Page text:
Finally, the EPA's data-management systems for NPDES permits are out of date and inadequate, greatly complicating the federal oversight of state enforcement required by law. According to one study, data was missing from EPA databases for 96 percent of stormwater dischargers.

Not surprisingly, the quality of America's waterways has suffered from such lax enforcement. Of the 23 percent of rivers and streams that states had assessed, more than a third were found to be "impaired" as a result of pollution. An even higher percentage of lakes, reservoirs, ponds, and estuaries are deemed impaired.

I propose two solutions to the problem of inadequate enforcement. First, to ensure that states have adequate funding for water protection efforts, states should shift the costs of implementing their NPDES programs to polluters, via permit fee programs, an approach many states already take. No company has a right to freely pollute the nation's waterways. States should set fees at the level necessary to fully fund program costs, and the revenue generated should be dedicated to NPDES programs. The Clean Air Act does something very similar, requiring states to impose permit fees sufficient to fund the costs of administering and enforcing their programs.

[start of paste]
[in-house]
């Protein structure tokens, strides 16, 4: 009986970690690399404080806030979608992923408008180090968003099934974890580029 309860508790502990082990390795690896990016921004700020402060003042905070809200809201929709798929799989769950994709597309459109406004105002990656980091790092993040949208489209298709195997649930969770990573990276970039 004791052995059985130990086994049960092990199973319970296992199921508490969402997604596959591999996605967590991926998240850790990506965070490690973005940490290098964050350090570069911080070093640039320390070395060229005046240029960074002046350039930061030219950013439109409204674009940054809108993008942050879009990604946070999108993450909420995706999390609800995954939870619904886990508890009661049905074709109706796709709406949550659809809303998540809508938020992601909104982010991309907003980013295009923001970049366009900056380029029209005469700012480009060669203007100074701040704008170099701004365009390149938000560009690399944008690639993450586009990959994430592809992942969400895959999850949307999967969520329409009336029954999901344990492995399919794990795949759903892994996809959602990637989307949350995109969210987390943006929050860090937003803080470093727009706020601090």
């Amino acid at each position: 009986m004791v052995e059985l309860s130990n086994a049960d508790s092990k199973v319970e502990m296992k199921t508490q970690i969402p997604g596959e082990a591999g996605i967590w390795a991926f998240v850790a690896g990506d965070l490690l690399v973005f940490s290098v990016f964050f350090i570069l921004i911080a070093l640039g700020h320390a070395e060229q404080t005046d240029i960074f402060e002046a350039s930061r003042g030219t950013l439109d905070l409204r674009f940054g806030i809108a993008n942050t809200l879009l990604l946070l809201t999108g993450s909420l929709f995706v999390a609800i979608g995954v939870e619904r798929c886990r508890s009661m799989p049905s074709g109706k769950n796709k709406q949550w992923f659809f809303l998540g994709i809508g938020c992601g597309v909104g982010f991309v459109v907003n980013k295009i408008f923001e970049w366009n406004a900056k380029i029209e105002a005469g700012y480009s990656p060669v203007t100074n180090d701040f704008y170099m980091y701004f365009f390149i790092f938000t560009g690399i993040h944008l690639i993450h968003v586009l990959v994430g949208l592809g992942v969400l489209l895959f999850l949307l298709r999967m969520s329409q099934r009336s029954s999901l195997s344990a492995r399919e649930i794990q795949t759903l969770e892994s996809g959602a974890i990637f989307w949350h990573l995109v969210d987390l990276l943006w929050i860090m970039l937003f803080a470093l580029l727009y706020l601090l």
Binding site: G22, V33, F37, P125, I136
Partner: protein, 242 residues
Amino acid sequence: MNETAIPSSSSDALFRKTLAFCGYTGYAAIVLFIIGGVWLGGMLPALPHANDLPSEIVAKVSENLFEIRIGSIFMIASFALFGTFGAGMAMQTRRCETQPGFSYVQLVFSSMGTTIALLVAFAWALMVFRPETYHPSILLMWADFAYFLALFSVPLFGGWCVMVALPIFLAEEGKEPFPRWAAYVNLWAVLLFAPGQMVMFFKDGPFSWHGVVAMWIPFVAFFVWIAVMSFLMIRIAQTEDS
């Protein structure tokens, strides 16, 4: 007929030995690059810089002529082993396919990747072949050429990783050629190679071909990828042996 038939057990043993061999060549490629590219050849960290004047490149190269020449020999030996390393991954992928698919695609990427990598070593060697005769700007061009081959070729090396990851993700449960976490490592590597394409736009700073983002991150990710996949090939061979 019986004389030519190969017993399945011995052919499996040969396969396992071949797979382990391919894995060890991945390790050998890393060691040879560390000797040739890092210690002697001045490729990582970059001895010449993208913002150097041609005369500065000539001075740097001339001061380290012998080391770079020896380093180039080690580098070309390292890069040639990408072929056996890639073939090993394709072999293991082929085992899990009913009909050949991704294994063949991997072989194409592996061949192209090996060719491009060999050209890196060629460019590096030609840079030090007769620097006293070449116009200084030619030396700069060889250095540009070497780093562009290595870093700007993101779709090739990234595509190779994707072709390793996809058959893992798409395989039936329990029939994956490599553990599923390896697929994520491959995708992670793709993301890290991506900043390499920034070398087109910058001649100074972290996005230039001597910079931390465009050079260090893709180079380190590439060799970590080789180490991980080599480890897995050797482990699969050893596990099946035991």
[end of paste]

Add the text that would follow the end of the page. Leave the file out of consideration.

Second, it's time to supplement current pollution-control efforts with an approach known as "spotlighting," which would require enhanced disclosure of enforcement- and compliance-related data, thus creating public accountability for compliance by polluters and enforcement by regulators. Such disclosure – and the potential for public embarrassment that it brings – can generate powerful incentives for improved performance. Thus, for example, the EPA should publicly evaluate and rank the compliance records of regulated firms, singling out the best and worst performers. The United Kingdom has done this for the past five years with positive results. A comparable success story is EPA's Toxic Release Inventory program, which requires industry to publicly disclose its routine releases of toxic chemicals. Under this program there has been a 49 percent decline in releases between 1988 and 2002.

Likewise, a number of studies have demonstrated that investors react negatively to poor environmental performance, driving down stock prices. That's exactly why the Securities and Exchange Commission also should spotlight polluting companies by expanding the mandatory environmental disclosure requirements for publicly traded corporations.

By making public and private institutions accountable to the public for their efforts to reduce pollution, we can effectively and inexpensively supplement existing enforcement of the Clean Water Act, thus reducing pollution in the nation's waterways.

Clifford Rechtschaffen is a member scholar of the Center for Progressive Regulation (CPR) and a professor and director of the environmental law program at Golden Gate University School of Law. He is also co-director of Golden Gate's Environmental Law and Justice Clinic= Mr. Rechtschaffen's report is available on CPR's website at